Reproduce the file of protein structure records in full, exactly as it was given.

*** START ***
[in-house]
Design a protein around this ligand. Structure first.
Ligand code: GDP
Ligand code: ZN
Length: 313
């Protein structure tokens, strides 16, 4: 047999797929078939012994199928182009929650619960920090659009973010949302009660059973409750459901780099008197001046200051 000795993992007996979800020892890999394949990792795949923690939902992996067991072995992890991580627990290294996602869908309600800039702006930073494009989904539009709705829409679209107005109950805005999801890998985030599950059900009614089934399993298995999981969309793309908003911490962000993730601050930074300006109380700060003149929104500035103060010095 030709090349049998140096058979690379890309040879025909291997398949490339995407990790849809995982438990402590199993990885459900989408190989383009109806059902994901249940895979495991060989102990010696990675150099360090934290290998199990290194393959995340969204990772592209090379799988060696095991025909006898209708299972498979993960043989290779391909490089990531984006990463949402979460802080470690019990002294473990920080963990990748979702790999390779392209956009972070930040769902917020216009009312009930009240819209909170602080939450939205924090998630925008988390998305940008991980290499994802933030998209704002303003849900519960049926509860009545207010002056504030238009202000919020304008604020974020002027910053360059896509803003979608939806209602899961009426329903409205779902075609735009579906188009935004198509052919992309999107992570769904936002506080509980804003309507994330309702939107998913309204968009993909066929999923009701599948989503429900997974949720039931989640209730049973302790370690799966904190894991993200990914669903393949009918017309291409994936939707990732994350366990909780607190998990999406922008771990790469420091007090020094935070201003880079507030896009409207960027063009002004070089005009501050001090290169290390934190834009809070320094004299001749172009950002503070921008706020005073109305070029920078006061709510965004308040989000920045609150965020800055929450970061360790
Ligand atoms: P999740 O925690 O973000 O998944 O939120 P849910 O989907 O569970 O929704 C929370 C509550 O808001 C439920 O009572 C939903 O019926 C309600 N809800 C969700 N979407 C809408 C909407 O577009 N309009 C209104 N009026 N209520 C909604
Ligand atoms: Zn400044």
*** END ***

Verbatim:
[in-house]
Design a protein around this ligand. Structure first.
Ligand code: GDP
Ligand code: ZN
Length: 313
């Protein structure tokens, strides 16, 4: 047999797929078939012994199928182009929650619960920090659009973010949302009660059973409750459901780099008197001046200051 000795993992007996979800020892890999394949990792795949923690939902992996067991072995992890991580627990290294996602869908309600800039702006930073494009989904539009709705829409679209107005109950805005999801890998985030599950059900009614089934399993298995999981969309793309908003911490962000993730601050930074300006109380700060003149929104500035103060010095 030709090349049998140096058979690379890309040879025909291997398949490339995407990790849809995982438990402590199993990885459900989408190989383009109806059902994901249940895979495991060989102990010696990675150099360090934290290998199990290194393959995340969204990772592209090379799988060696095991025909006898209708299972498979993960043989290779391909490089990531984006990463949402979460802080470690019990002294473990920080963990990748979702790999390779392209956009972070930040769902917020216009009312009930009240819209909170602080939450939205924090998630925008988390998305940008991980290499994802933030998209704002303003849900519960049926509860009545207010002056504030238009202000919020304008604020974020002027910053360059896509803003979608939806209602899961009426329903409205779902075609735009579906188009935004198509052919992309999107992570769904936002506080509980804003309507994330309702939107998913309204968009993909066929999923009701599948989503429900997974949720039931989640209730049973302790370690799966904190894991993200990914669903393949009918017309291409994936939707990732994350366990909780607190998990999406922008771990790469420091007090020094935070201003880079507030896009409207960027063009002004070089005009501050001090290169290390934190834009809070320094004299001749172009950002503070921008706020005073109305070029920078006061709510965004308040989000920045609150965020800055929450970061360790
Ligand atoms: P999740 O925690 O973000 O998944 O939120 P849910 O989907 O569970 O929704 C929370 C509550 O808001 C439920 O009572 C939903 O019926 C309600 N809800 C969700 N979407 C809408 C909407 O577009 N309009 C209104 N009026 N209520 C909604
Ligand atoms: Zn400044």